MadSci Network: Science History

Re: Where did the numbers designating gold purity originate?

Date: Tue May 11 20:51:48 1999
Posted By: Greta Hardin, Secondary School Teacher, Chemistry, George Washington University
Area of science: Science History
ID: 925879731.Sh

Whee - This is a jewel of a question (so to speak).

As to Who came up with the karat (or carat) system or exactly When, I fear 
this is lost in the murky past.  However, as to Where, I can point you in 
the right direction. I fear my ancient history is lacking so I can only tell 
you this was already going on MORE than 3000 years ago.  (There are 
spectacular ruined cities in the Indian jungles that are older than that... 
but I digress)  But anyway, when I say the When and Who are lost in the 
murky past I mean the Ancient Past.

While Western europeans were still drawing on animal skins with burnt sticks 
the Persians and Chinese and other parts of the Asian, Indo-European and 
Near Eastern world had already adopted standardized measurment. When it came 
to precious metals and gems, the standard had to be small and reliable.  
Carob seeds became the standard, and one standard unit of gold was 24 of the 
carob seeds. The word karat (and carat, the unit of weight used to measure 
gems) derives from the; Italian "carato", the Arab "qirat", or the Greek 
"keration", all meaning the fruit of the carob tree.

Now, we all agree that 24 karat is pure gold, or 24 parts gold.  So 18K is 
18/24 gold and 14K is 14/24 parts gold.  Incidentally 10K is the lowest that 
can be sold as "gold" in the US, though things can also be "gold plated" or 
even "electroplated"  (more chem... ).  Some countries set the threshold 
higher (14K or 18K) and a few as low as 8K or 9K.

So what are the other parts?

Well it depends on what one wants.  You can make different color alloys;

Yellow gold      - usually copper and zinc alloy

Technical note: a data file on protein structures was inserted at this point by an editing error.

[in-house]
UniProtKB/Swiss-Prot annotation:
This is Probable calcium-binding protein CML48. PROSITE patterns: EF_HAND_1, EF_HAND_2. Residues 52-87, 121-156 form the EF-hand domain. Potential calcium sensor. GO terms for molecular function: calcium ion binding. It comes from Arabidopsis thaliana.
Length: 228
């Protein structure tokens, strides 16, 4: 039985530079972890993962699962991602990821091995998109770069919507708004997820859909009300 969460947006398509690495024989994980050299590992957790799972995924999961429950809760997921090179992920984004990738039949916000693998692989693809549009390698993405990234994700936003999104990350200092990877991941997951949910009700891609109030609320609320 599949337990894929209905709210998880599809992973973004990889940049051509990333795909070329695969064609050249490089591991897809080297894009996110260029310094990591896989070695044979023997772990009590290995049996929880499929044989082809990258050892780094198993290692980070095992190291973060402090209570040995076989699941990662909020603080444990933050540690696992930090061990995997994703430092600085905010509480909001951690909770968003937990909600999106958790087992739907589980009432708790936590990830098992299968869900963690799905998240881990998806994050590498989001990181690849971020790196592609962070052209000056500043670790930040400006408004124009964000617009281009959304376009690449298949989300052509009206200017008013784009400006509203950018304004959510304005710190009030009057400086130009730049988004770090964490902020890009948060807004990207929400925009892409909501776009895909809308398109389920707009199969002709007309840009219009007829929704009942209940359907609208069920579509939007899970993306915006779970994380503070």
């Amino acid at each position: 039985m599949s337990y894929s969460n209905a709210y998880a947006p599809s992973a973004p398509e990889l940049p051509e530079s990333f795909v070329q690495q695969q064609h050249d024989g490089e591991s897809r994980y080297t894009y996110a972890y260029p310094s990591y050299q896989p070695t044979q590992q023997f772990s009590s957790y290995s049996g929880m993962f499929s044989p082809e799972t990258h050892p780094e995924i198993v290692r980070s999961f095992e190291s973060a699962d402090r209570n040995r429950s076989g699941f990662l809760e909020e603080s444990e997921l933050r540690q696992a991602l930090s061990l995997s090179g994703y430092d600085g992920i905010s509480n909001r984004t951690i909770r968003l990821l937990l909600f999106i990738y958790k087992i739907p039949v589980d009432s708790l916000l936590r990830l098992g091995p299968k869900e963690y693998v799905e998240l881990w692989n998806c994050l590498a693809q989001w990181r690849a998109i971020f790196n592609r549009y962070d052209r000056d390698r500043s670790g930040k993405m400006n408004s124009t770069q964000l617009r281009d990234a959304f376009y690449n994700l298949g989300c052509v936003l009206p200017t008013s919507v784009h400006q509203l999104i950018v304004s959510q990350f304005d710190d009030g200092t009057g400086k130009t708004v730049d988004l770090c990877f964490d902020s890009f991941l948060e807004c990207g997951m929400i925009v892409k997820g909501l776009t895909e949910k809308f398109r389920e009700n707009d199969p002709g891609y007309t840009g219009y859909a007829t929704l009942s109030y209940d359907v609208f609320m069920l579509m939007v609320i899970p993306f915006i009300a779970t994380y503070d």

Red or Rose gold - more copper and less zinc
White gold       - this one has many ingredients and can therefore vary 
	widely in price, quality and durability.  First, please nothe that
	sometimes Pt (platinum) is called "while gold."  However gold in a
	white alloy is mixed with avariety of things including: zinc, copper
	(far less than in yellow or red gold), nickel and/or platinum.
Green gold       - copper and silver
Blue gold        - iron

The metric craze has also hit the world of fine jewelry, so many european 
markets prefer to work using a "fineness" scale based on a) a decimal 
version of the 
karat component and b) parts of 1000.

24K gold or 100% gold has a fineness of 999
18K gold or  75% gold has a fineness of 750 and
14K gold or 58.3% gold has a fineness of 585
and so on..

As to where can you find more?

General advice.  Look under headings such as Gemology, Precious Metals, and 
of course Gold in a library index.

More specifically:  here are a bunch of jewelry and prospecting sites I used 
to research this.  Many of them have links I didn't need to use, but they 
may be of interest to you.  Beyond these sites, you may want to find a 
gregarious independant jeweler who does his/her own work, or find a 
university with a Gemology department and start nosing around.
Happy Hunting!

The sites:

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